“Future Energy, created for the EXPO in Kazakhstan, is a paradigm of sustainable architecture.” Zaha Hadid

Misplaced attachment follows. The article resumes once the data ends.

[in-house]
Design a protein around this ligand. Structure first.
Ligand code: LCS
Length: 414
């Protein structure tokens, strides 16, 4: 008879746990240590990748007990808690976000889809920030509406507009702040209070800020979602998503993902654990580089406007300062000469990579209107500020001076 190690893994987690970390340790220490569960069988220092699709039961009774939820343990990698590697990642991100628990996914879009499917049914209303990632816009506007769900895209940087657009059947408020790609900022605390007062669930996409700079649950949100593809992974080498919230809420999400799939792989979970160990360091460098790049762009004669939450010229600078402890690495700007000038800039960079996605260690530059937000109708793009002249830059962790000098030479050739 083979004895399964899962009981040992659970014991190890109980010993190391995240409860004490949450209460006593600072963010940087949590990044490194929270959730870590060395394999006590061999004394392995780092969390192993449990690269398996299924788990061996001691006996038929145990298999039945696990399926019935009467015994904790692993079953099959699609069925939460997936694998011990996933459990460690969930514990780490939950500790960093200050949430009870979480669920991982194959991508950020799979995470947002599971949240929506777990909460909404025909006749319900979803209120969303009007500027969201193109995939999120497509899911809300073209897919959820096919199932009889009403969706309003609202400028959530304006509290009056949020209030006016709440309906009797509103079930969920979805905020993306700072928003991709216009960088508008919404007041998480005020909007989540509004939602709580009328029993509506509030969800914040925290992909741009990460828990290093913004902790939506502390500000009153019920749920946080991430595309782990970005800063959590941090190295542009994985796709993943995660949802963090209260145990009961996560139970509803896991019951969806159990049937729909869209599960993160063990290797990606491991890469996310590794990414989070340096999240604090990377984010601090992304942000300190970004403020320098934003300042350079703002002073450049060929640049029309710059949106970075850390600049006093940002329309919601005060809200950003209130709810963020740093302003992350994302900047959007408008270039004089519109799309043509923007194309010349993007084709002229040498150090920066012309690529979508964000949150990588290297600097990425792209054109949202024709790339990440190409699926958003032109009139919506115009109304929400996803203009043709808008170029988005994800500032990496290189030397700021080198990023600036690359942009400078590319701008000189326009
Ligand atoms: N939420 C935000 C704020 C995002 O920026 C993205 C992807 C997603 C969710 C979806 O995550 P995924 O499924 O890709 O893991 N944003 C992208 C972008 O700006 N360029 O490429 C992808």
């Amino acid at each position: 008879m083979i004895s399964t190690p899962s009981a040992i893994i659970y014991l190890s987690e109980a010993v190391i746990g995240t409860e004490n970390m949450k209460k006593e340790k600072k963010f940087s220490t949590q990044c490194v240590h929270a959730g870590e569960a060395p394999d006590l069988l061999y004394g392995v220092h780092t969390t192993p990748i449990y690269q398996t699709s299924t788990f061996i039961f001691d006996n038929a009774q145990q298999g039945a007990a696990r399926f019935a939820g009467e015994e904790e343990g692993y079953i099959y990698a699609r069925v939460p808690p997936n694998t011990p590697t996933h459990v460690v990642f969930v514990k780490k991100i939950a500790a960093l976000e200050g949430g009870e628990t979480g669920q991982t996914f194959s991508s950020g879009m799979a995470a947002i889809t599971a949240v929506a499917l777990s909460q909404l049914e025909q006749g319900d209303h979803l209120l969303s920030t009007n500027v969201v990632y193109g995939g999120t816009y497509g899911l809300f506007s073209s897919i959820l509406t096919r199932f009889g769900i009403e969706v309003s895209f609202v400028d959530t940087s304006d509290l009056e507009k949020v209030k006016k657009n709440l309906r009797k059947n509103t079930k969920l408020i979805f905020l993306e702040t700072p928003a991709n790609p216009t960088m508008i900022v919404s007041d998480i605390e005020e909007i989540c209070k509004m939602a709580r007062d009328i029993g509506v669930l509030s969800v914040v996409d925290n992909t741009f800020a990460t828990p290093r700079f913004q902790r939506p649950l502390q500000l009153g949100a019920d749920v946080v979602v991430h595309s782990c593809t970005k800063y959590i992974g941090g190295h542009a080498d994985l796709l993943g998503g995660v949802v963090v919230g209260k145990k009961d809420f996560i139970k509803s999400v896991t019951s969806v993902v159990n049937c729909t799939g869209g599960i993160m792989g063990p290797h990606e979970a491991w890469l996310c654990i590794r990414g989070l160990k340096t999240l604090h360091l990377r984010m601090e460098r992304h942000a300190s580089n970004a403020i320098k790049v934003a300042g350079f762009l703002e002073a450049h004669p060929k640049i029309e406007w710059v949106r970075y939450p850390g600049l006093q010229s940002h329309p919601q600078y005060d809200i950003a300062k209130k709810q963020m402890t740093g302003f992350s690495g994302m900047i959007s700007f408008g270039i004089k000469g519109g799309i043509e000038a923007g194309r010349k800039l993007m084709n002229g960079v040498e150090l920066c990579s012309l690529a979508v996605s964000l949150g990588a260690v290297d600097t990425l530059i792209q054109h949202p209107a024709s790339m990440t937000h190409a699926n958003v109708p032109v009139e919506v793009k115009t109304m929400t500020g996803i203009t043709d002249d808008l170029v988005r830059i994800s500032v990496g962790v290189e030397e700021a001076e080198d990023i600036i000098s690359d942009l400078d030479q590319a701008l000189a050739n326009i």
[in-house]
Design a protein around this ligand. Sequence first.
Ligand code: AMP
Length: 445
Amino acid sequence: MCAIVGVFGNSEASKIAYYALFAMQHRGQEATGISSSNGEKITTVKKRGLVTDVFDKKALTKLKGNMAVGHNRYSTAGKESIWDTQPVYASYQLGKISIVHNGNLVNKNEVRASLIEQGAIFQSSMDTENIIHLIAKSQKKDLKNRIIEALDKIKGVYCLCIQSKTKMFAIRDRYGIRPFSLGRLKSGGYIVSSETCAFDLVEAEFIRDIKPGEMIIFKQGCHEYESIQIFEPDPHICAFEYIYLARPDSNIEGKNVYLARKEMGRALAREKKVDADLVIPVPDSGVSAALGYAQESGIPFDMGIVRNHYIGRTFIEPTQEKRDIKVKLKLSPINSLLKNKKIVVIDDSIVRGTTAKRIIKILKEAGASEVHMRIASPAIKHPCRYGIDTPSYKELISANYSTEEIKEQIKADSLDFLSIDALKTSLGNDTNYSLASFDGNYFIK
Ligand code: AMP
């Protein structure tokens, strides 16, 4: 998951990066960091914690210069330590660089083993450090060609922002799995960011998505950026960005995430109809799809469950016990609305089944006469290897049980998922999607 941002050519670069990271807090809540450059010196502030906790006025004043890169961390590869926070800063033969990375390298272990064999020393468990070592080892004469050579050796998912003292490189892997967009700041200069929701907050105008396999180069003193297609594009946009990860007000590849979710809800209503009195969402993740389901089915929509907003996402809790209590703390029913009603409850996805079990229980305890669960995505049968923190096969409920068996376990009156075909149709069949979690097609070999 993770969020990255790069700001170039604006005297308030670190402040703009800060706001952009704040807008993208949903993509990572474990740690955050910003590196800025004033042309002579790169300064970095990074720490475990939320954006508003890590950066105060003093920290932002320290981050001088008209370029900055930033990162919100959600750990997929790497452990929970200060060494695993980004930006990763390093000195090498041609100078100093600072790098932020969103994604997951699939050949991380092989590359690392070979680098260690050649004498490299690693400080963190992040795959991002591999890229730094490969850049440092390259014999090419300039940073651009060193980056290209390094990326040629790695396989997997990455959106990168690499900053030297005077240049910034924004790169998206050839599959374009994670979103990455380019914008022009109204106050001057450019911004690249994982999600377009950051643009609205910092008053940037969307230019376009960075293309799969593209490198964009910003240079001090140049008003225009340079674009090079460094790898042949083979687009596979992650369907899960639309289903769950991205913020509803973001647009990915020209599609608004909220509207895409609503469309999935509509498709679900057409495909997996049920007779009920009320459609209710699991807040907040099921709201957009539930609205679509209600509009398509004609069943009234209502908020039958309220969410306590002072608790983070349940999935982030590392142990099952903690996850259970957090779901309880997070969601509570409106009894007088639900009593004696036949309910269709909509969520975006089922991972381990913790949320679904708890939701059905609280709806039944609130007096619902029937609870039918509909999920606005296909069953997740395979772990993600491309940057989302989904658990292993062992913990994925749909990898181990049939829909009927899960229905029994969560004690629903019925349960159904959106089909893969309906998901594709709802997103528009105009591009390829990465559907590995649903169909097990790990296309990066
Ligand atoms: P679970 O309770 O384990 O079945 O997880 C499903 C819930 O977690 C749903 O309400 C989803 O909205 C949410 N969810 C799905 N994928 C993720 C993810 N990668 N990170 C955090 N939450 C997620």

At this stage, her affable colleague Patrik Schumacher joins the conversation. The Swabia-native has been working in Hadid’s company since 1988, and in his role as senior designer has been her right-hand man ever since. He describes what drives Hadid and her co-workers: “Our primary concern is design.” Hadid will not be constrained by genres or borders: she has designed a range of items from the “Z-boat” motorboat to the “Liquid Glacial” dining table. The London-based Iraqi has also created five pieces of jewelry for Swarovski. The jewelry has sold out, while the boat and the table are on the market as unique pieces. Her items of furniture, which are available from Established & Sons as limited editions, start from around 10,000 euros. Moreover, German shipbuilder Blohm + Voss recently introduced the new superyacht “Unique Circle” she designed. All the creative output of Hadid’s company has one thing in common: it is regularly showered with awards. Twelve well-known institutions honored her firm in the last year alone: from the BBC to Veuve Clicquot.